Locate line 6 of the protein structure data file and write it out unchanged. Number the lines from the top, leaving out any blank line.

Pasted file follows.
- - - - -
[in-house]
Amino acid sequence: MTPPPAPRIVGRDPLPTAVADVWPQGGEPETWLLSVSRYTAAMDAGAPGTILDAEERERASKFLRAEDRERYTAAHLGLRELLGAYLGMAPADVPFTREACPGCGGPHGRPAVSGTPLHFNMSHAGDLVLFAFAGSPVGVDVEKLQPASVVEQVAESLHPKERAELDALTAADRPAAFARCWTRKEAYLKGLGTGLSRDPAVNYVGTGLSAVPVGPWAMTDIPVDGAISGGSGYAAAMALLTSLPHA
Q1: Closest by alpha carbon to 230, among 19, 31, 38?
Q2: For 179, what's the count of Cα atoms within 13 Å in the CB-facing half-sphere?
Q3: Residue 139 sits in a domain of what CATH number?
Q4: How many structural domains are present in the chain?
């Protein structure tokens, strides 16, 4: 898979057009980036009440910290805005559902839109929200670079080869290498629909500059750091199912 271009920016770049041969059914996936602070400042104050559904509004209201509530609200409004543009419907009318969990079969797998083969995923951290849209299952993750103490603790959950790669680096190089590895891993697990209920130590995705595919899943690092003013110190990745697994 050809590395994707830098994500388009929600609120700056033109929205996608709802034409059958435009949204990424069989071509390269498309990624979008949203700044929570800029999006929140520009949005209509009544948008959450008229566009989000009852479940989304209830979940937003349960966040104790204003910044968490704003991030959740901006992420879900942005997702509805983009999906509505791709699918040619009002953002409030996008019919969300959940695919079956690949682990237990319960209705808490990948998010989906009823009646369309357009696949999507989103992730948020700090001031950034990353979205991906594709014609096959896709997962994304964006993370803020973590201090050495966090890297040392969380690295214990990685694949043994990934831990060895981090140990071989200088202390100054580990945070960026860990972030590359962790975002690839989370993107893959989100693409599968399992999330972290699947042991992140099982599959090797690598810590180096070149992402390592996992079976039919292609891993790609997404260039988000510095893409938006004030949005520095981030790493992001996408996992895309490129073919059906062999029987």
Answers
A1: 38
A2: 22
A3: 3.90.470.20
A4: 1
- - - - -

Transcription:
Q4: How many structural domains are present in the chain?